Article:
I wanted mine to “overlap” a little bit, so it’s bigger than the square.
To make it fit, we need to “Slice” away the excess that’s going outside of the square.
Select the digital stamp layer, press shift on your keyboard and click one of the white squares, then press “Slice”.
Delete the square “Slice Result” layer that now has your image cut out from it and also delete the excess of the image that’s outside of the square.
Click the remaining white square, press Shift on your keyboard and click the digital stamp image and press “Flatten”.
This turns it into a “print and cut” image where your Cricut will print the picture but only cut around the square shape, not the edge of the digital stamp.
Step 5: Make the digital stamp background
Turn on the other digital stamp image by clicking the “eye” icon next to them in the layers panel and position them around the background.
When you’re happy with how it looks, select all the background digital stamp layers and “Weld” them together.
This turns them into one layer.
Click this new layer, press Shift on your keyboard and select one of the white rectangles. Press “Slice” to cut off the excess from the images, then delete the Slice Result layers you don’t need.
“Flatten” the background digital stamp layer with the remaining white rectangle layer to make it a Print-then-cut layer.
Drag-and-drop the layer in the layers panel to put it back behind the topper layers.
Step 6: Super important print-then-cut HACK!!
I have been having some problems with print-then-cut recently when trying to cut out a rectangle.
My Cricut was cutting weird diagonal lines through the rectangle that weren’t supposed to be there.
After lots of failed attempts, I eventually worked out a fix, so I now do this for all my print and cut projects where I’m cutting a solid shape.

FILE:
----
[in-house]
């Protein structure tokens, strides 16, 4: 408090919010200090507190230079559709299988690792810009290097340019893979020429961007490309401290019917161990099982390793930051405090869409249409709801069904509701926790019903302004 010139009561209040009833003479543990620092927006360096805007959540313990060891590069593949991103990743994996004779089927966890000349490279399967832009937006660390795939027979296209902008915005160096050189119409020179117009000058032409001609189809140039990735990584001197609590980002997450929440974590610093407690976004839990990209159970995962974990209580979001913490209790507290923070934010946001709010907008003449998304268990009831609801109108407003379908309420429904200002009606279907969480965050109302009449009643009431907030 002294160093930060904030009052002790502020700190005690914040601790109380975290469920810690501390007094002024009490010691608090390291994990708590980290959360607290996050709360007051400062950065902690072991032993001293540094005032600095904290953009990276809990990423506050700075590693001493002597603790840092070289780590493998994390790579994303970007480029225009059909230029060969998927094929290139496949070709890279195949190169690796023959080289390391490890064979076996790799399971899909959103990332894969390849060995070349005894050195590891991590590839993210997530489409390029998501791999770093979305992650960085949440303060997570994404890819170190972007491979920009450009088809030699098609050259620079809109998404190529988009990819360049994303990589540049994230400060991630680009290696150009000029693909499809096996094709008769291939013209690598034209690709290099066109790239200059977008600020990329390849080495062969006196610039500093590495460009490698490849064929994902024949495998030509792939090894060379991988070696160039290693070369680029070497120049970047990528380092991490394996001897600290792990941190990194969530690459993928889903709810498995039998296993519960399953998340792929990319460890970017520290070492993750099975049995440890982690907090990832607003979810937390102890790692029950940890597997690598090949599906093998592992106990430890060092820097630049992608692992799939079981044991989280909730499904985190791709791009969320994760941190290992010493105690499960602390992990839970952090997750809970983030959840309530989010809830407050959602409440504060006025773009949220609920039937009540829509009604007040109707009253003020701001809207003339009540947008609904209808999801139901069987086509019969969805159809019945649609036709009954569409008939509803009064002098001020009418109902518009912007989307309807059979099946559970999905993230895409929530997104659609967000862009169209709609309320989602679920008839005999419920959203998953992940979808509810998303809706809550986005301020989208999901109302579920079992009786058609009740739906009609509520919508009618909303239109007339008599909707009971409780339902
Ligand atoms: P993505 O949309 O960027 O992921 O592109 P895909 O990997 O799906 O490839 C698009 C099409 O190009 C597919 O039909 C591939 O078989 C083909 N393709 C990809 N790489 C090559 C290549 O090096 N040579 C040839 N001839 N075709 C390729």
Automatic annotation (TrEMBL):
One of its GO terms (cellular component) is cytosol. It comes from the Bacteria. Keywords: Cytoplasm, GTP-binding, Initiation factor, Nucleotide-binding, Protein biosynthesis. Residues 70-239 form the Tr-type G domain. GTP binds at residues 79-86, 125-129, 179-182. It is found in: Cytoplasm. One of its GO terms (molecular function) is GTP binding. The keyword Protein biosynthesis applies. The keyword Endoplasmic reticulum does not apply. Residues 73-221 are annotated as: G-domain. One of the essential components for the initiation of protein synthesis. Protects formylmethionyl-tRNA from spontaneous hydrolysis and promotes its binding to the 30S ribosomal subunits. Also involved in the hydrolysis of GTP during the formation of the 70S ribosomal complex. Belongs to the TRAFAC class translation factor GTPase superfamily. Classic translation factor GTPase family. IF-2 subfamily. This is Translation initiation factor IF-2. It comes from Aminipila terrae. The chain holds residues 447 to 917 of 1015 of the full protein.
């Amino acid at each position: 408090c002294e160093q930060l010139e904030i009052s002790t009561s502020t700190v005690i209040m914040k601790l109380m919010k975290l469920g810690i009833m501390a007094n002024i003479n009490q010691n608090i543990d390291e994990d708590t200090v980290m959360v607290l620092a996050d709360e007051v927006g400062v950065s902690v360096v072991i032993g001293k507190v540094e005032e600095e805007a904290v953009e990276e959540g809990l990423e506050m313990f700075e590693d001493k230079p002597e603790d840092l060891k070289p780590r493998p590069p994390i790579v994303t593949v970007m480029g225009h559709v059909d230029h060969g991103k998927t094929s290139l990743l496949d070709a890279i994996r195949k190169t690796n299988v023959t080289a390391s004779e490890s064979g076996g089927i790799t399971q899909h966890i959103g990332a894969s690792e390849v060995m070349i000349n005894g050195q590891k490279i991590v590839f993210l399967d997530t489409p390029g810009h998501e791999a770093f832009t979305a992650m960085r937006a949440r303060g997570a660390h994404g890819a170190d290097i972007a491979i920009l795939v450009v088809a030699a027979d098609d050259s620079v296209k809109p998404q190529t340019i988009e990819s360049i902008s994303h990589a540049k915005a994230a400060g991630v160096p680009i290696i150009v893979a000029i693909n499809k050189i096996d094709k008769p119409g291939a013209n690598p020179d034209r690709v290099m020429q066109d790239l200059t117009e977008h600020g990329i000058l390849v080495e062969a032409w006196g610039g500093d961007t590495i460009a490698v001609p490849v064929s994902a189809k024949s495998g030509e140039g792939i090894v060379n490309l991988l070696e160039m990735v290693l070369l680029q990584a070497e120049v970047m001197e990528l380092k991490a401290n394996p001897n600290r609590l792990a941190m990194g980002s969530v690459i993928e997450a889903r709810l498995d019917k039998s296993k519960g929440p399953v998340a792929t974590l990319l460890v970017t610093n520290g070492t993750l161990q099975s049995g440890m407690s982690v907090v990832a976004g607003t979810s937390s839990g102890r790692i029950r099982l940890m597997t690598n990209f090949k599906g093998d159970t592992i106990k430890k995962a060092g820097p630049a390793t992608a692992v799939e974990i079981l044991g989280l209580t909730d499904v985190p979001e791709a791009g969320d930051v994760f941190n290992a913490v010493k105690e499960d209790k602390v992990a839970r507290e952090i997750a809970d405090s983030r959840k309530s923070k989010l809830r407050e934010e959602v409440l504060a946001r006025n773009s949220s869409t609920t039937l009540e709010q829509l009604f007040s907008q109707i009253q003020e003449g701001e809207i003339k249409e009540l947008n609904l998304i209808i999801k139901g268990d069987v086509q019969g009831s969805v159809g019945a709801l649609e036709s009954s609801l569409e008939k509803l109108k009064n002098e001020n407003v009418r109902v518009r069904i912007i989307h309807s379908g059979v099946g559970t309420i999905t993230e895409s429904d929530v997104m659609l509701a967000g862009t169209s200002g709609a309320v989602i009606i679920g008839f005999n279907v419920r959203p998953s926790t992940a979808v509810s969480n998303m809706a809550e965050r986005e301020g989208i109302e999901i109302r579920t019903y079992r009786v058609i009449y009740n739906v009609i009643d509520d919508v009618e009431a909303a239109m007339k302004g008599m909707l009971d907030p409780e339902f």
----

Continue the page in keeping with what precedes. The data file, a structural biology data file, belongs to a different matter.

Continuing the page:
Make a new rectangle and size it JUST bigger than your currently rectangle.
For me, this was 4.8 inches wide and 6.8 inches tall.
Make it white and position it below the flattened layer.
Click “Align” and “Center” to position them and then click “Flatten” again.
I don’t know why it works, but creating this really thin white border around the edge seems to fix all the print-then-cut bugs!
The border is so thin that you won’t notice it when it’s been cut out, but it’s enough to “trick” the sensor into cutting correctly.
Do the same thing for the topper square.
Step 7: Print and cut the card
Your card is now ready to cut!
Save your project, then click “make it” and follow the on-screen instructions.
New to print and cut? Check out this print and cut tutorial.
Step 8: Colour in the digital stamps
Once you have finished cutting everything out, it’s time to get creative!
I used alcohol markers from Tonic Studios to colour in the graphics.
Step 9: Make the card
Glue your background layer to the card base.
Glue the topper onto the coloured square.
Use foam pads to “raise” the topper up a bit from the base of the card for some dimension.
And that’s it – your digital stamp handmade card is finished!
I made two versions of this card. The first has the background digital stamps coloured in, and the other has them left in black-and-white to draw more attention to the topper image.
I hope you enjoyed this tutorial on how to design and make greetings card using digital stamps.
For more Halloween greetings card designs, be sure to join the Halloween Craft Countdown! I’m releasing 20 new Halloween crafts in 20 days, including several different greetings card ideas.